I have always found the unique, rich heritage of cultural traditions to be fascinating. A few years ago, I had the incredible honor of being a bridesmaid in my friend Roshani’s wedding. It was one of the most elaborate and beautiful ceremonies I have ever seen. Her parents were originally from India, and although she was born in the United States, she honored her family tradition by incorporating many of their traditions into her life, including the wedding tradition of Mehndi.
For decades now, Indian brides have held the different tradition of painting their hands with henna in elaborate and beautiful designs called Mehndi. Henna is a paste created from the powder leaf of the henna plant. Henna has an amazing cooling effect when applied to the skin, which is also believed to calm the nerves. When it was discovered that the ink left a temporary stain on the skin, that leads to the practice of creating beautifully extensive designs on the hands and feet. Even today, Indian brides often have their hands and sometimes their feet painted just before their wedding to honor this tradition.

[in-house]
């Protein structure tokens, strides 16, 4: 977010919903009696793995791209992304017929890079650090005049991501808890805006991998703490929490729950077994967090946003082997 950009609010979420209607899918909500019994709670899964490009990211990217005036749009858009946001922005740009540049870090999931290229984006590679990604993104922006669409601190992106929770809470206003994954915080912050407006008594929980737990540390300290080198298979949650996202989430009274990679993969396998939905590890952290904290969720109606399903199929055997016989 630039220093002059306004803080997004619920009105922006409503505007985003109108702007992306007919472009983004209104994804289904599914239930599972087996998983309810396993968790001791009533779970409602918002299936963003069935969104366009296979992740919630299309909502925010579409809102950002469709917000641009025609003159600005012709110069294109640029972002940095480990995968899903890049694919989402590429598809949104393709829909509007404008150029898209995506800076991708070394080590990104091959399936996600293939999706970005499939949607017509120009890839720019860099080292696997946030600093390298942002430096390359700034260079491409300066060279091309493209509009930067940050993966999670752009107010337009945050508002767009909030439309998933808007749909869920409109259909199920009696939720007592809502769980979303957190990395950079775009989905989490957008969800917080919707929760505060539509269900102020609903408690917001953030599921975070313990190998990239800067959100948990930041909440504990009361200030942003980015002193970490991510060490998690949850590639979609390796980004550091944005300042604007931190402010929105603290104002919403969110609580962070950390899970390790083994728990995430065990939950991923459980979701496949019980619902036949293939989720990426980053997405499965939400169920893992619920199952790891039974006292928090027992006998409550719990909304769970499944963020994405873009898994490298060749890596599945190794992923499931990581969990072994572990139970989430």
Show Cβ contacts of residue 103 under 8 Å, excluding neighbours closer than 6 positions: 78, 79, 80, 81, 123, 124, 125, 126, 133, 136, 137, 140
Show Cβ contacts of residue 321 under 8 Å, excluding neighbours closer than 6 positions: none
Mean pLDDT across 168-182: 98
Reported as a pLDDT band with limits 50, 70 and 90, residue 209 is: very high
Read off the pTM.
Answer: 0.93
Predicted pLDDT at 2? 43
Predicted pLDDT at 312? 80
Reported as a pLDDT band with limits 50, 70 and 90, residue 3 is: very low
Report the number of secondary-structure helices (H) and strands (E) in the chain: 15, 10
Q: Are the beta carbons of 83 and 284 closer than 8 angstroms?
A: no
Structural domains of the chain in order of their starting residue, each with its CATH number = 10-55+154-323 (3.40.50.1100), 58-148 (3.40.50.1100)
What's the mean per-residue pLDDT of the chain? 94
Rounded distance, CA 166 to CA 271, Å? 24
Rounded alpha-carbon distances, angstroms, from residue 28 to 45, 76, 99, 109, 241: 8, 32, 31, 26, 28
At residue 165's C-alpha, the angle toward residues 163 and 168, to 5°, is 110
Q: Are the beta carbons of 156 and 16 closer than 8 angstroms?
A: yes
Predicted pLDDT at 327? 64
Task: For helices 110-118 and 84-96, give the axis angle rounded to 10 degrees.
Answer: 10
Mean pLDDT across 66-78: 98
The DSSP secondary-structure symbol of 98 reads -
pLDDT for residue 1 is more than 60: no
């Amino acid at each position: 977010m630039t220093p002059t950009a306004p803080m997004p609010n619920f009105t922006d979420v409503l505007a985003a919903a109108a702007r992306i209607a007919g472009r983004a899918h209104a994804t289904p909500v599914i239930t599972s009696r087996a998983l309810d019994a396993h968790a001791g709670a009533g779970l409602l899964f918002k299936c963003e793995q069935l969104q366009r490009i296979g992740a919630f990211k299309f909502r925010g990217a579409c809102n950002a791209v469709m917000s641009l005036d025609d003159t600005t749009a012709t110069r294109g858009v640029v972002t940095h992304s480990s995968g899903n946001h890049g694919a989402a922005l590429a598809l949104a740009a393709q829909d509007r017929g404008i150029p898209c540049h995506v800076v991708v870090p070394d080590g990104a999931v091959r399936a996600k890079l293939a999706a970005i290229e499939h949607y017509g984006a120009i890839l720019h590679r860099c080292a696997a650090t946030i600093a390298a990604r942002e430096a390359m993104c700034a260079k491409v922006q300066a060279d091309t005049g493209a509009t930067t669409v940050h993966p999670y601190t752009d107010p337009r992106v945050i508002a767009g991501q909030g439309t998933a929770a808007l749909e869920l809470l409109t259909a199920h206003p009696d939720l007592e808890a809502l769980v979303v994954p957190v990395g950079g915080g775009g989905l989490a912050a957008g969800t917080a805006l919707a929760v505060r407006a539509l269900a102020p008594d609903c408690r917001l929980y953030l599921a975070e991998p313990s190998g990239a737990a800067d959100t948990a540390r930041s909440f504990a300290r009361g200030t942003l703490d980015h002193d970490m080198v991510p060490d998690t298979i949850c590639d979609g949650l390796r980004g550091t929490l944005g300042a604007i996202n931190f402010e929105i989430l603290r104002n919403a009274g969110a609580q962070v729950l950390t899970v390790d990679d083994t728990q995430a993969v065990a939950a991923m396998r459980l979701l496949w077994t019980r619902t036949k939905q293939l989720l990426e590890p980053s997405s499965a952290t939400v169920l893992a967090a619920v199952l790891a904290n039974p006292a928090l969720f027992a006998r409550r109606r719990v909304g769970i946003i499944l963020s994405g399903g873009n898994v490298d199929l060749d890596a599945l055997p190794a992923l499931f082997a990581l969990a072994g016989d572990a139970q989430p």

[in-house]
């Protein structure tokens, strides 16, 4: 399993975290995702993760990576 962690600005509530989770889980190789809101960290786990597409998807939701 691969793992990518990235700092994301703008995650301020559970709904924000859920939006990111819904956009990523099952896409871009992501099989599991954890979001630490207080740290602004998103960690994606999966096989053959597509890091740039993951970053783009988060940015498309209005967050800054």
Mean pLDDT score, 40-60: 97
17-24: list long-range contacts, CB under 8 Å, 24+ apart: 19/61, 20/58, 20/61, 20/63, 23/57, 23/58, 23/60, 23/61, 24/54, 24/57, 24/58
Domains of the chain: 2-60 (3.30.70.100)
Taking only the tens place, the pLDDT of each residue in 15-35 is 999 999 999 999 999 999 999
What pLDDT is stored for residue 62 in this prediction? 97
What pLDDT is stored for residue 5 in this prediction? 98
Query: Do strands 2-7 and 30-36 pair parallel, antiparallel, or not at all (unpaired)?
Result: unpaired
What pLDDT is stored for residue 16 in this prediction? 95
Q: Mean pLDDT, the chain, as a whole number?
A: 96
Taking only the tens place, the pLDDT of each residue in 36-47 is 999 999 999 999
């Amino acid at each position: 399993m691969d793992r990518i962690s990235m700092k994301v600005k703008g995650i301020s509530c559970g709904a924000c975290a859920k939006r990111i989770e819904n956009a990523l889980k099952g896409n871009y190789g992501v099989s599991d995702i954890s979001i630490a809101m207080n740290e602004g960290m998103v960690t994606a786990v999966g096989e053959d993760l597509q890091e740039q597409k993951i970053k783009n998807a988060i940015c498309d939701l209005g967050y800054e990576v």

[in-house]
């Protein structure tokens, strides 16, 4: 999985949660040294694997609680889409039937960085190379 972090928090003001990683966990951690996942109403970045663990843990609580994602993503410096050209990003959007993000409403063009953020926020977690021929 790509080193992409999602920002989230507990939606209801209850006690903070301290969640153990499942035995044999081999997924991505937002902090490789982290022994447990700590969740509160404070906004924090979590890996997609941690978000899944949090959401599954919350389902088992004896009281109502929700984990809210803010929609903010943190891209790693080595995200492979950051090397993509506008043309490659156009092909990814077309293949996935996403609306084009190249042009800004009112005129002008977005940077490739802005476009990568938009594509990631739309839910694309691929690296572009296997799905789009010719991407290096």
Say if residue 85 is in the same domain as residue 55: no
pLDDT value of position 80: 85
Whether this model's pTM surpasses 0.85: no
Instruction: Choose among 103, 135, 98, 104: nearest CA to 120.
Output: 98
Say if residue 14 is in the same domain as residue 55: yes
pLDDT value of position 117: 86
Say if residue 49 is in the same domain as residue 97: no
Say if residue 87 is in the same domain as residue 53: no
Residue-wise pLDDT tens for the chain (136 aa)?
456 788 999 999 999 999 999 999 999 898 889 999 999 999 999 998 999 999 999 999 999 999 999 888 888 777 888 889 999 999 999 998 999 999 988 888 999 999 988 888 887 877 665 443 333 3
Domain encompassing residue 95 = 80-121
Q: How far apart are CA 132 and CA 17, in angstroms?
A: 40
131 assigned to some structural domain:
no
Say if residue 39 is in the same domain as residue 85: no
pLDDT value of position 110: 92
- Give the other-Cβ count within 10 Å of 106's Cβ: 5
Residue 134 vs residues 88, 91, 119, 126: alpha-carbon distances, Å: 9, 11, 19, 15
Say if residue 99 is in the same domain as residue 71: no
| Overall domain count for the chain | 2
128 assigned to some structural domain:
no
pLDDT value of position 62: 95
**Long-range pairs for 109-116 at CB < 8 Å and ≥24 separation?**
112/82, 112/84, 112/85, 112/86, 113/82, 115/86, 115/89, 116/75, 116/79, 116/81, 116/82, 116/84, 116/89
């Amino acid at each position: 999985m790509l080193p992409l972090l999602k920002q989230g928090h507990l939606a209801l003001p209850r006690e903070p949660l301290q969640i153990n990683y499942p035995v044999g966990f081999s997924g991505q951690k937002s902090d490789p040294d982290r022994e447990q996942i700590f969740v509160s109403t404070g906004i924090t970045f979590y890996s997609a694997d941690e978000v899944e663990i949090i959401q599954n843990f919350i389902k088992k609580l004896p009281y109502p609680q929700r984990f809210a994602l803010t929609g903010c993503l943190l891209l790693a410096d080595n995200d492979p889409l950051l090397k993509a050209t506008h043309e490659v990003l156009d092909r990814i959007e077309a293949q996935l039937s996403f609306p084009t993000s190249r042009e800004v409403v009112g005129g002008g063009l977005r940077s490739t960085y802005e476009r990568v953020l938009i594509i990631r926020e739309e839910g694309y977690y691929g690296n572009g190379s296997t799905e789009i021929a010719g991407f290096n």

Every Mehndi design has a specific meaning, making this art a significant part of an Indian wedding ceremony. Traditionally, a henna ceremony was thrown for the bride to celebrate fertility, happiness, and good luck. A moment when the bride would choose her Mehndi design and have it applied to her hands.
Today, this beautiful art has found its way around the world into other cultures and even on the fashion scene. Celebrities like Madonna, Sting along with his wife Trudie Styler, and even the late artist formerly known as Prince have adorned Mehndi designs as a fashion statement.
It’s a beautiful thing. I passionately believe that when we open our hearts and minds to the uniqueness of other cultures and their traditions – even if we don’t incorporate those traditions into our own lives, the world becomes smaller and we begin to see the world differently. Suddenly life becomes more beautiful, more meaningful, and so much more exciting.
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